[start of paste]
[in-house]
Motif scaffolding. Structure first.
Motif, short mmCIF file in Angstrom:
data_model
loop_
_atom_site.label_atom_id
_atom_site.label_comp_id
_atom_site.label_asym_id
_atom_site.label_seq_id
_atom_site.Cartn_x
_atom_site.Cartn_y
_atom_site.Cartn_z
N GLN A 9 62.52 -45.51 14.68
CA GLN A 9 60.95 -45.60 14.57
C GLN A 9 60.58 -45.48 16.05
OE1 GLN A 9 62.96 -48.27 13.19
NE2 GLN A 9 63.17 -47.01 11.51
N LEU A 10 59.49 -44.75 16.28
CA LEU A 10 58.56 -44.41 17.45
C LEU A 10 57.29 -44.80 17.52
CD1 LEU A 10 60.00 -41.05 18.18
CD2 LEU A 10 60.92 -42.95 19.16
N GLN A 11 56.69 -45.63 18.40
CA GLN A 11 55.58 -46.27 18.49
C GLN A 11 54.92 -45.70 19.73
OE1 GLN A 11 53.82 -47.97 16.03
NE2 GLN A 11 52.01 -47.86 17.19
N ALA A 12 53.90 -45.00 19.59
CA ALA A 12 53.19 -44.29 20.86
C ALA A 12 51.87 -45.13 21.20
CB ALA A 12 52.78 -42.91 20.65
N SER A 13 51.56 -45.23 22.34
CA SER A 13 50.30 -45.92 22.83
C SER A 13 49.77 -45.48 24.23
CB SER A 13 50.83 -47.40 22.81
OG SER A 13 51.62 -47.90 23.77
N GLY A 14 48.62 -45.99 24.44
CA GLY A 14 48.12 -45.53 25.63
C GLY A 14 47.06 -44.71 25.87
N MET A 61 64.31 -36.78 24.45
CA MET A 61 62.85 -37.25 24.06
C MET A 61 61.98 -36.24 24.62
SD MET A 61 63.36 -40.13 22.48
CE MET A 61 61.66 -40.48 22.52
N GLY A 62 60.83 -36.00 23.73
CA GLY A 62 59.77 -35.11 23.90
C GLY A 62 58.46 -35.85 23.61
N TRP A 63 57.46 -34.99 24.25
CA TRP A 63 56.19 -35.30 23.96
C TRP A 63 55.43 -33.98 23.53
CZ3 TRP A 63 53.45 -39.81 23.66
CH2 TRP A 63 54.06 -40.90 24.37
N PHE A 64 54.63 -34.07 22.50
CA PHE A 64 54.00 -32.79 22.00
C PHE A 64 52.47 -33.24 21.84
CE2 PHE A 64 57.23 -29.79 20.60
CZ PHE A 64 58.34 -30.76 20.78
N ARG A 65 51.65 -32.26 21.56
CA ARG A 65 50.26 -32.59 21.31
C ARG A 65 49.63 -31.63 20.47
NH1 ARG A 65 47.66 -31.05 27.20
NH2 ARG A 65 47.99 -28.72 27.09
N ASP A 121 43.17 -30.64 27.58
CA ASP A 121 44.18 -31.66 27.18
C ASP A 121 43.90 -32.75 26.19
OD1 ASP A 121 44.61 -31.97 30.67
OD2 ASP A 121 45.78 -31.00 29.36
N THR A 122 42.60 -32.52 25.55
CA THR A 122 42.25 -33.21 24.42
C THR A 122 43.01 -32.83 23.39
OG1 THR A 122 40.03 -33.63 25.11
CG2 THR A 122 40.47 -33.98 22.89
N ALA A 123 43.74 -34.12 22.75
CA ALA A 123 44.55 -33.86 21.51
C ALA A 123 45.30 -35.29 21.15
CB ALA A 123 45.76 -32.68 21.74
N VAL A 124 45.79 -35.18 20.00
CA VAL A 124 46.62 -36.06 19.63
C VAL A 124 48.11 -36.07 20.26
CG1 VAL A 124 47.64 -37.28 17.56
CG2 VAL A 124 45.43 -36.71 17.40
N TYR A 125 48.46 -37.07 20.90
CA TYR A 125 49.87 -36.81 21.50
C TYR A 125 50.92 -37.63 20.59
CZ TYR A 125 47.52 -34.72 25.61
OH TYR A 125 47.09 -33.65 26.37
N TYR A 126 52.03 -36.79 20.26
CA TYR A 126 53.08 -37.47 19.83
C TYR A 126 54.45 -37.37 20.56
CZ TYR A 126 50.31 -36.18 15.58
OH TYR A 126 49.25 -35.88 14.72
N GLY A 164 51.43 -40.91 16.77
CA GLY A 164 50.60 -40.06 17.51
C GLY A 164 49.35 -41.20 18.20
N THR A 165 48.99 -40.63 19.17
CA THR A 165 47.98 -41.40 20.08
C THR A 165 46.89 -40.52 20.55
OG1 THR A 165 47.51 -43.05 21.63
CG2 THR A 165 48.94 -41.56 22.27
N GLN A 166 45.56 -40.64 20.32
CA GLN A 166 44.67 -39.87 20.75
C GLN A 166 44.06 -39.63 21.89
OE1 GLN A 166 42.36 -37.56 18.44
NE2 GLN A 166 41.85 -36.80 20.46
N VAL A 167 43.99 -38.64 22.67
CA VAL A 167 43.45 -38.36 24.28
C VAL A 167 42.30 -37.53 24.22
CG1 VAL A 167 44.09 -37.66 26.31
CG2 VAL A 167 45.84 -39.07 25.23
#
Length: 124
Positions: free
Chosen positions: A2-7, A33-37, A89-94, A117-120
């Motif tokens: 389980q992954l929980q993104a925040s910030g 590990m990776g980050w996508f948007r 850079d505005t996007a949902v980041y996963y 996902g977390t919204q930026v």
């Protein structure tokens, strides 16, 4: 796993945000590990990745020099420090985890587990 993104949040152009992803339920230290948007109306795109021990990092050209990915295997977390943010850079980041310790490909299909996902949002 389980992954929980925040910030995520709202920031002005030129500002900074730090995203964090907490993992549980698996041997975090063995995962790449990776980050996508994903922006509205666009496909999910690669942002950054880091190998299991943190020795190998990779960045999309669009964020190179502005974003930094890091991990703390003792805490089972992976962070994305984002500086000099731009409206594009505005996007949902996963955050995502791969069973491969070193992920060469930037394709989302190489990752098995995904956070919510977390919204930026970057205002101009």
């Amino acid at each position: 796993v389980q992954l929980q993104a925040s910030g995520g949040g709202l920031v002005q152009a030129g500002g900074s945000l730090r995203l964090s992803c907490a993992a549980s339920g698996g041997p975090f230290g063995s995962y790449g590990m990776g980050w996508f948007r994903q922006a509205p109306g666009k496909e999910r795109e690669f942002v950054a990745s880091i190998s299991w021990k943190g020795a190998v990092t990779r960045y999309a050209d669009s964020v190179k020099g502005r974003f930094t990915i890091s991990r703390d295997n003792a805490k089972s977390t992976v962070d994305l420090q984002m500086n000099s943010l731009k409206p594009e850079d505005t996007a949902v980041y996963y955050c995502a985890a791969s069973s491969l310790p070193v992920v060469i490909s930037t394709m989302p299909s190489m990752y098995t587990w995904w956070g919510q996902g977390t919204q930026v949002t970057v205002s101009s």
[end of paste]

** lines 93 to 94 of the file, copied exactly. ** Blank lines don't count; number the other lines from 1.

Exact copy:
CA GLY A 164 50.60 -40.06 17.51
C GLY A 164 49.35 -41.20 18.20